Over the last couple of weeks, Jeremy Lin has made many a foil and many a fool of his opponents. His and the New York Knicks' incredible streak may have blurred the fact that this all started on Feb. 4, when Lin came off the bench to lead a comeback over the New Jersey Nets. One person who absolutely did not forget about that is Deron Williams. Based on the way he played Monday night, it seems likely that he spend the previous 15 days thinking about nothing but that game and tossing darts at a cut-out of Lin's face. Williams, who got burned by Lin throughout that loss a couple weeks ago, single-handedly dismantled the Knicks with a career-best outing from downtown. His 38 points, including eight three-pointers, led the Nets to a 100-92 win and produced the prevailing storyline in a game that had plenty others to offer.
The major storyline for the home team was one of New York's first games as a nearly-whole squad. Though several bench players were missing, the Knicks had Carmelo Anthony back in the starting lineup, Baron Davis making his debut off the bench, and J.R. Smith playing his second game with the team. Would Melo mesh with Lin? With Amar'e Stoudemire? Would Baron Davis help off the bench? Would Smith prove to be more reward than risk? The answer: Uh, maybe? A little?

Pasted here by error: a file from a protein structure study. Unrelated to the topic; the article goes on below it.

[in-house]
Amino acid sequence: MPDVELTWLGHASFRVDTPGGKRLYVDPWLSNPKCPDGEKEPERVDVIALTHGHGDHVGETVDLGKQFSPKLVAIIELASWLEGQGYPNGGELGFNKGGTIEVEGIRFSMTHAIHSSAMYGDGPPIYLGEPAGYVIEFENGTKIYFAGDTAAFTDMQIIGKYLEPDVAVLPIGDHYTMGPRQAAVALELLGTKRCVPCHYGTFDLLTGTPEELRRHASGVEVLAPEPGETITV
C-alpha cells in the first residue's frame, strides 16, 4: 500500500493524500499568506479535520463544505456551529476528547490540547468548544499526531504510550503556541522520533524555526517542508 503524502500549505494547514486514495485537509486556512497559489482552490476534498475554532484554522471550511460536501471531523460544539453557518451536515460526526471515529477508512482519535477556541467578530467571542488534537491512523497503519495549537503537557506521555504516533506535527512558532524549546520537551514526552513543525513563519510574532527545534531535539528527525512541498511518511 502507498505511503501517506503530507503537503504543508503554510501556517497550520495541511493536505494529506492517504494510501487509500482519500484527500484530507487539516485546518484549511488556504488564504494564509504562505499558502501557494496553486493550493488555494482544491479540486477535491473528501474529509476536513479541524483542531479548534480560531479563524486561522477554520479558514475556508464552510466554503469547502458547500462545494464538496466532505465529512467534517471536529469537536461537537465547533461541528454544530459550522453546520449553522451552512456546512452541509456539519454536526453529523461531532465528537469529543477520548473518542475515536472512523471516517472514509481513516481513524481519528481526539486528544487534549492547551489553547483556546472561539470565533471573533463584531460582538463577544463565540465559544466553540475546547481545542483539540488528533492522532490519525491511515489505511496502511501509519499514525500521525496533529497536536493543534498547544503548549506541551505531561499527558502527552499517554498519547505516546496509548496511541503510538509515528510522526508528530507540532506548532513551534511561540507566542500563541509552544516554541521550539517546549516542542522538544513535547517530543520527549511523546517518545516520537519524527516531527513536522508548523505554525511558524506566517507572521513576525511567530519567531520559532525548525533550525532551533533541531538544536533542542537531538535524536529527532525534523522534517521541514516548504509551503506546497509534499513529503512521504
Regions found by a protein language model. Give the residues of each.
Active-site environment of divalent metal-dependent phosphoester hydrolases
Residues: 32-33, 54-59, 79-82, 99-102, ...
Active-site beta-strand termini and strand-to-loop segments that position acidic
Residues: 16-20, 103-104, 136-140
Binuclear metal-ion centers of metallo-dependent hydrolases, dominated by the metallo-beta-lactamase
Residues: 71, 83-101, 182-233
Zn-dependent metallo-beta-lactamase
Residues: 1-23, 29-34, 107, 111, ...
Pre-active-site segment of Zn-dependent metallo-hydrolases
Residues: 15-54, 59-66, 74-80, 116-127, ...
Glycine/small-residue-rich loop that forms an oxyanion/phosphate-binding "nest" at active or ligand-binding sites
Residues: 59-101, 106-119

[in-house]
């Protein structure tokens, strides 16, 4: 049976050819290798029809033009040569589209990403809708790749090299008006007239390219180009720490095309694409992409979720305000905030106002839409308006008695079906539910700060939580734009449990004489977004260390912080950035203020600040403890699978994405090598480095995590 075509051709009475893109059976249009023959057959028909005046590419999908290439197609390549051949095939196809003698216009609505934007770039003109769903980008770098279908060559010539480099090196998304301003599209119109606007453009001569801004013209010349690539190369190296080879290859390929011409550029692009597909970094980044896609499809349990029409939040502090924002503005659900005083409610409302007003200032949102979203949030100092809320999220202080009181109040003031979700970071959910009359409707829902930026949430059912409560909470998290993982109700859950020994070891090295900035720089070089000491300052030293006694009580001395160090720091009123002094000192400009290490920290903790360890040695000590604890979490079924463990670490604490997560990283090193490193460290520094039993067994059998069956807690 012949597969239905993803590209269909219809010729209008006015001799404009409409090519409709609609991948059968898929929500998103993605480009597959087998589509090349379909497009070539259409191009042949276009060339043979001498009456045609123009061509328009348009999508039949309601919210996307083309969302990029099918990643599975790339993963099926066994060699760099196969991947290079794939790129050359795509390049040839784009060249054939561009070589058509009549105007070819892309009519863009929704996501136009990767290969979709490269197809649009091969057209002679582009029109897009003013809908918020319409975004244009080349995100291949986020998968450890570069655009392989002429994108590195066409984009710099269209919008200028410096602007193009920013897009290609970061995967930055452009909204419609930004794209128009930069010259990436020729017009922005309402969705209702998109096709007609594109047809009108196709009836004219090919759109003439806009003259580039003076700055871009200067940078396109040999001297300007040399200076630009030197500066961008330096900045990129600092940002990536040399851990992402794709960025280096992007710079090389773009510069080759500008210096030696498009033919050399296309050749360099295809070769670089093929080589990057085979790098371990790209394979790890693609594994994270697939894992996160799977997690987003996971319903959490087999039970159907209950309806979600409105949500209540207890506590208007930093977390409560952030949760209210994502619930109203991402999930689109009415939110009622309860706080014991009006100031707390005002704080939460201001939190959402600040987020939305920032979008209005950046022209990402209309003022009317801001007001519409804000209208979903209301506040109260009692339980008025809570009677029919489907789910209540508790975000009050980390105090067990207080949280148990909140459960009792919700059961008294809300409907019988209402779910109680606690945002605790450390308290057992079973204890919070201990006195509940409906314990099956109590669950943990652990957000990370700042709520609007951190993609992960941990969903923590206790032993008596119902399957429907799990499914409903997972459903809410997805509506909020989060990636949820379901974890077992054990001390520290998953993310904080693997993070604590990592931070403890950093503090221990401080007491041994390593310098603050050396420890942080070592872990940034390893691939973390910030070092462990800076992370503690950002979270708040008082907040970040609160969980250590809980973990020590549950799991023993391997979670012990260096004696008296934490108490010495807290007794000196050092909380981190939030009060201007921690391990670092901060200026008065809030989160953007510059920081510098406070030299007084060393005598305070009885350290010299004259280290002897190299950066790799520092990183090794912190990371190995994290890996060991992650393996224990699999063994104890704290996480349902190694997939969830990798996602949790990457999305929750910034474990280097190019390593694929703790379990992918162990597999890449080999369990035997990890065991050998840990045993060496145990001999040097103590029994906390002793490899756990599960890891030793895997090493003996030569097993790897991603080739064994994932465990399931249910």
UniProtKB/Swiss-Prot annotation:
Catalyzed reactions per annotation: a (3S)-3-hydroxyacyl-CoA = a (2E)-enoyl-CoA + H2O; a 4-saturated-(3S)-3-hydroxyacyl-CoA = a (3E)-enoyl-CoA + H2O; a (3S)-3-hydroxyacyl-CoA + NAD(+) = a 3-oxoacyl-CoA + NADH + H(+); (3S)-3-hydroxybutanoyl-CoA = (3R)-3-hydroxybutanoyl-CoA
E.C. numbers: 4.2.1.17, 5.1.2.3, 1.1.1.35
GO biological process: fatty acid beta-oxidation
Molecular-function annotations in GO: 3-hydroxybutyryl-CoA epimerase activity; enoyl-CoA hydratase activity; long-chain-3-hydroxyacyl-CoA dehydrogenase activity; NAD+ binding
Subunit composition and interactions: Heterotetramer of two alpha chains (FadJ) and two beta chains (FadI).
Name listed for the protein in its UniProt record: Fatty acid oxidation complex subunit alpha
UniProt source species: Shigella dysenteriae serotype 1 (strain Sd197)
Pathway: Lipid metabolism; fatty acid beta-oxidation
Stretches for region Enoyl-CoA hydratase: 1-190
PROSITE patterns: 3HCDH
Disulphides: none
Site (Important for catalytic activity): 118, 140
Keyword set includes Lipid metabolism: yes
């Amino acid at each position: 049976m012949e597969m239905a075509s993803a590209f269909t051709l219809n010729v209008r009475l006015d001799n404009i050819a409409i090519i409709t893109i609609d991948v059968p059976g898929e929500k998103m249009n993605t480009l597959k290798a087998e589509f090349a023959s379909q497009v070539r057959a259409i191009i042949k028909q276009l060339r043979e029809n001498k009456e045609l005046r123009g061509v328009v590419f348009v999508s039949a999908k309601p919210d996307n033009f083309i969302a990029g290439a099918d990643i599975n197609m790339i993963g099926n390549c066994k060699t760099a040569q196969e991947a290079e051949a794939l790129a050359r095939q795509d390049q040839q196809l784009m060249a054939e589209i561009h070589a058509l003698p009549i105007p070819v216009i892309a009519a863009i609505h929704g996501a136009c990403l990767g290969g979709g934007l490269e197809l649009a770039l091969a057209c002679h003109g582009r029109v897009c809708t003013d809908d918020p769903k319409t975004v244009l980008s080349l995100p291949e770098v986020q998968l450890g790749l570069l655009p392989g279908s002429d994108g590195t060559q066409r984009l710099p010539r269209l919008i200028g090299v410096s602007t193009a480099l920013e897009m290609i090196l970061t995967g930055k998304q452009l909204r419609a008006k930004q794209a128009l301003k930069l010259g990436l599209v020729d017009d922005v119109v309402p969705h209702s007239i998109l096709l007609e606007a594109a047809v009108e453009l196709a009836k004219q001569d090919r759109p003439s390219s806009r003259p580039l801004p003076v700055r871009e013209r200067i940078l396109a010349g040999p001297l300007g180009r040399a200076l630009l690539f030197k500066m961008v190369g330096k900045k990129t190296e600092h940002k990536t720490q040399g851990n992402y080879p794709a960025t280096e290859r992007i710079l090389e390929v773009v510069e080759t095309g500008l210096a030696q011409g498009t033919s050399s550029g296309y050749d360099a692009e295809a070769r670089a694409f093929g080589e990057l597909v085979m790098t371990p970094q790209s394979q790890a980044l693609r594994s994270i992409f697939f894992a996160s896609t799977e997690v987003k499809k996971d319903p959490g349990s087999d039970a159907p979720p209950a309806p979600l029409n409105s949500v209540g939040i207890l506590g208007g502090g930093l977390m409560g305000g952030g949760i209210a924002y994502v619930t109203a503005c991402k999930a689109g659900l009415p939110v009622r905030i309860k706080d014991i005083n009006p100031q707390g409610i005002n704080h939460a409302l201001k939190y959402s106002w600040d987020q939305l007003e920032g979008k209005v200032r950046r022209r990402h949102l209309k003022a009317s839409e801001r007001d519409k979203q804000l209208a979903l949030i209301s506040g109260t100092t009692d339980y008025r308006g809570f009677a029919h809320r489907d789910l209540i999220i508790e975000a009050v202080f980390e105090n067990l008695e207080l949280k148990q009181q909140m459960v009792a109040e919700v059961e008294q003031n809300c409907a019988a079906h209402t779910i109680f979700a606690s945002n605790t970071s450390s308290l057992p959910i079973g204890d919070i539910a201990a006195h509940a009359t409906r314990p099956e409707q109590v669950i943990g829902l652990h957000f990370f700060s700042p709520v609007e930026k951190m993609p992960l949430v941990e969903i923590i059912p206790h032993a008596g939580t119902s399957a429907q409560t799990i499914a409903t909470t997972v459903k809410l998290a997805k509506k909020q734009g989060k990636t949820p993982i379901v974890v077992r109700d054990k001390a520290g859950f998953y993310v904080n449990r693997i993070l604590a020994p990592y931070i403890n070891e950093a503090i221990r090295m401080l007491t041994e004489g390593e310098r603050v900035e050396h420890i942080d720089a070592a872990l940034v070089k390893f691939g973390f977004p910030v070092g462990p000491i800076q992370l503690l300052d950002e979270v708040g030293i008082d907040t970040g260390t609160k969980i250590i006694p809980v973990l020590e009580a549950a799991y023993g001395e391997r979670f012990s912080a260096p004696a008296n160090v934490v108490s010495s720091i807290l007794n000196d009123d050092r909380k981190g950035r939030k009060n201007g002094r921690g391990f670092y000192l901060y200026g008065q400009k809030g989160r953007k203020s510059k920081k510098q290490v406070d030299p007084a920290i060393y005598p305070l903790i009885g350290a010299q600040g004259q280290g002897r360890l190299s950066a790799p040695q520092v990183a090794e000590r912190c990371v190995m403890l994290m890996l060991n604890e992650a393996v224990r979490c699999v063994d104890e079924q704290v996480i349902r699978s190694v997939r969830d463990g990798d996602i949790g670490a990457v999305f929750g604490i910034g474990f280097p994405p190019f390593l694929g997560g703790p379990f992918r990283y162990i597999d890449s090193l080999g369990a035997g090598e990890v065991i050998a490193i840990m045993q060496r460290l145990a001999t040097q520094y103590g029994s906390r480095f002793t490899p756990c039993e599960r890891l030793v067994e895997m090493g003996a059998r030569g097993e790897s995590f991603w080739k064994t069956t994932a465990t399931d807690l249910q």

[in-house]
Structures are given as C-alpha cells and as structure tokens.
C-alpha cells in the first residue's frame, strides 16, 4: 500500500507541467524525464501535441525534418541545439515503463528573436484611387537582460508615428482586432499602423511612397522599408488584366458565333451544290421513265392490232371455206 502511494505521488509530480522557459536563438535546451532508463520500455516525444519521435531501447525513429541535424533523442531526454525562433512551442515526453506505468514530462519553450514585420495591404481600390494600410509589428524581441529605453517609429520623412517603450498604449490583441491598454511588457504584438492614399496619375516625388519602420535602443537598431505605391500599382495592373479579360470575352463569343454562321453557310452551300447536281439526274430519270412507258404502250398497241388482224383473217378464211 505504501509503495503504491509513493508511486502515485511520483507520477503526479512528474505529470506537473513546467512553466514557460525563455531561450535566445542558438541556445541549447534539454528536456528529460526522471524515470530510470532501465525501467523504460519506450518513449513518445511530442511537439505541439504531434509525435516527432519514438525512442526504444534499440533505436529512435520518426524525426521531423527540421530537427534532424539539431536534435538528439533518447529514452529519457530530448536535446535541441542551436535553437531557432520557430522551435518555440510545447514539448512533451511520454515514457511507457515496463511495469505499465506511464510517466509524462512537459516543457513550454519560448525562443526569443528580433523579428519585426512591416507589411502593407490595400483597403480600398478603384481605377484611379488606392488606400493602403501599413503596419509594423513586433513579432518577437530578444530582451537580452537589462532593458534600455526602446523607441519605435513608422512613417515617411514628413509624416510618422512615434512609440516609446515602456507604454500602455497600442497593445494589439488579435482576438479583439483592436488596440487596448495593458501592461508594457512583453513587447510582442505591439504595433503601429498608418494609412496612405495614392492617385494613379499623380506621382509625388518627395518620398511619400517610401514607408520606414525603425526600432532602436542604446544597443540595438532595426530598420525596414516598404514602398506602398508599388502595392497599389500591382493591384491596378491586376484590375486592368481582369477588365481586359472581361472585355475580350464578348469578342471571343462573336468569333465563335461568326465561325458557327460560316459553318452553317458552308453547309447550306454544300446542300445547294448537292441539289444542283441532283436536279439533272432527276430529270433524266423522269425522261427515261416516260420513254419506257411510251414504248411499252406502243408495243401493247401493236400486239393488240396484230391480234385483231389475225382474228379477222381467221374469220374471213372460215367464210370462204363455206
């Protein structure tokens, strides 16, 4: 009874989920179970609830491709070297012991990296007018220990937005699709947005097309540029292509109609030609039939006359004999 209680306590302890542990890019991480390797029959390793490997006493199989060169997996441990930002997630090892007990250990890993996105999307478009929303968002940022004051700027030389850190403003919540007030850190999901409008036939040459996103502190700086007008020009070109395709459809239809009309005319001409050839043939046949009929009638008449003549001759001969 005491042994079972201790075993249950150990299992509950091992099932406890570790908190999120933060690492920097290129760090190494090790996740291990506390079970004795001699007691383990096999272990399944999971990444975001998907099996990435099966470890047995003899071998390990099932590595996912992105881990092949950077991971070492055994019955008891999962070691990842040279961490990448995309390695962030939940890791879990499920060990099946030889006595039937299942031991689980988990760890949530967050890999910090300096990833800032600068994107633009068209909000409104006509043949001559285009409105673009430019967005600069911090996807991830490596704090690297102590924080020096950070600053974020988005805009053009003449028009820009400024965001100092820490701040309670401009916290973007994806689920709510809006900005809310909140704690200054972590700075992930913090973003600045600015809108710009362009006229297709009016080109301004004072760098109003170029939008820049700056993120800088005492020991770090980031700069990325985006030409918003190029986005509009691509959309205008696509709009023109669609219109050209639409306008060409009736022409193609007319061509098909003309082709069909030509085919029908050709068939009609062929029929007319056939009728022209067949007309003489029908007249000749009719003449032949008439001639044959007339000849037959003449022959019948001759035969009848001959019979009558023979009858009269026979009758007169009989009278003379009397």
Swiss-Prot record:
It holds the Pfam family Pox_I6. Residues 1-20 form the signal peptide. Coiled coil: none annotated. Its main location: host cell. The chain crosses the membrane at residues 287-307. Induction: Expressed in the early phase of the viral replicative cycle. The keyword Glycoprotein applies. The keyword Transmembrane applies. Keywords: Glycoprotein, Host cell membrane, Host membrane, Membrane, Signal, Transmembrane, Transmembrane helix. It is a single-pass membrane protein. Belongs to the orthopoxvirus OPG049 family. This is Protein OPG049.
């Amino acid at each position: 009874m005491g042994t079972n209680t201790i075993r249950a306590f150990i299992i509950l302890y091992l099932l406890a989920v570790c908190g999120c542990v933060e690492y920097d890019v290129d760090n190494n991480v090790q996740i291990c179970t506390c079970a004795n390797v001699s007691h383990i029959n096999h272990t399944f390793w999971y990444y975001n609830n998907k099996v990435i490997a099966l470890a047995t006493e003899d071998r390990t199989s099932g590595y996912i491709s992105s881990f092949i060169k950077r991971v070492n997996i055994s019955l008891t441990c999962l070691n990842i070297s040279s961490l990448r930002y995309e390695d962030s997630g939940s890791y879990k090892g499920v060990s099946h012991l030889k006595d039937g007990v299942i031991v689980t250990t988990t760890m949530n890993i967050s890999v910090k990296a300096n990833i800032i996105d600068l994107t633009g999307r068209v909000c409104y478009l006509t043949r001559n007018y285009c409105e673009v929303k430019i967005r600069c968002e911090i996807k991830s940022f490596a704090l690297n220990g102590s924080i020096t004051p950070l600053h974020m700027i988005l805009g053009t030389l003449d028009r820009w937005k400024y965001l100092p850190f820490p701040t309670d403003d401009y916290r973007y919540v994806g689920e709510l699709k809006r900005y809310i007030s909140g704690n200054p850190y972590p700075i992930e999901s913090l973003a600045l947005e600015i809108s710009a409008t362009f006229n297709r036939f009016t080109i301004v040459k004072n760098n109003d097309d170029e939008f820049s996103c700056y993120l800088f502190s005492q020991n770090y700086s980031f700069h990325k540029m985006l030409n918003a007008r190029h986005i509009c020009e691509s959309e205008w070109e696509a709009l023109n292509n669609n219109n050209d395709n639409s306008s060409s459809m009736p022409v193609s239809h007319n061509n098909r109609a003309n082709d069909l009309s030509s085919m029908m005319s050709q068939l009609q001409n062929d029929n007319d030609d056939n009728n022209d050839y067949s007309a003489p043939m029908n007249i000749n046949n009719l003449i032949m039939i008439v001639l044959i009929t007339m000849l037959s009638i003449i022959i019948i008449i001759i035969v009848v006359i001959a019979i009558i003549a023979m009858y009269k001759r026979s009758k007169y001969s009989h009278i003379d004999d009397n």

The Knicks rushed out to a double-digit lead in the first quarter, moving the ball beautifully in front of a raucous crowd, but things kind of fell apart from there. Melo looked pretty rusty after two weeks on the sidelines and the rest of the Knicks struggled to find and execute open looks. More importantly, the defense caved to an otherworldly outside performance by the Nets and surrendered an exceedingly physical -- often downright nasty -- battle inside.
New Jersey's three-point shooting started as a flurry of uncontested threes by Williams and DeShawn Stevenson, but by the second half, it was all Williams, all net, all the time. It got absurd. Williams hit a career-high eight three-pointers and had 18 points of his 38 in the third quarter alone. In that third, he went from canning open looks to drilling pull-up heat checks over and through defenders. Had he not gotten in foul trouble, Williams might well have avenged his way to 50, but even with an early exit, the damage was down. Deron's outing was part of a 15-31 outside performance by the Nets, and anything that didn't come from outside the arc fell into the hands of Kris Humphries, who harassed the Knick front line to no end and finished with 14 points and 14 rebounds. The Nets went up by as much as 19 in the second half and, despite small runs, never really seemed threatened.
New York's loss dropped them back below .500 but, with a Boston loss, actually moved them to 7th in the Eastern Conference. The Nets moved to 10-24 with the win.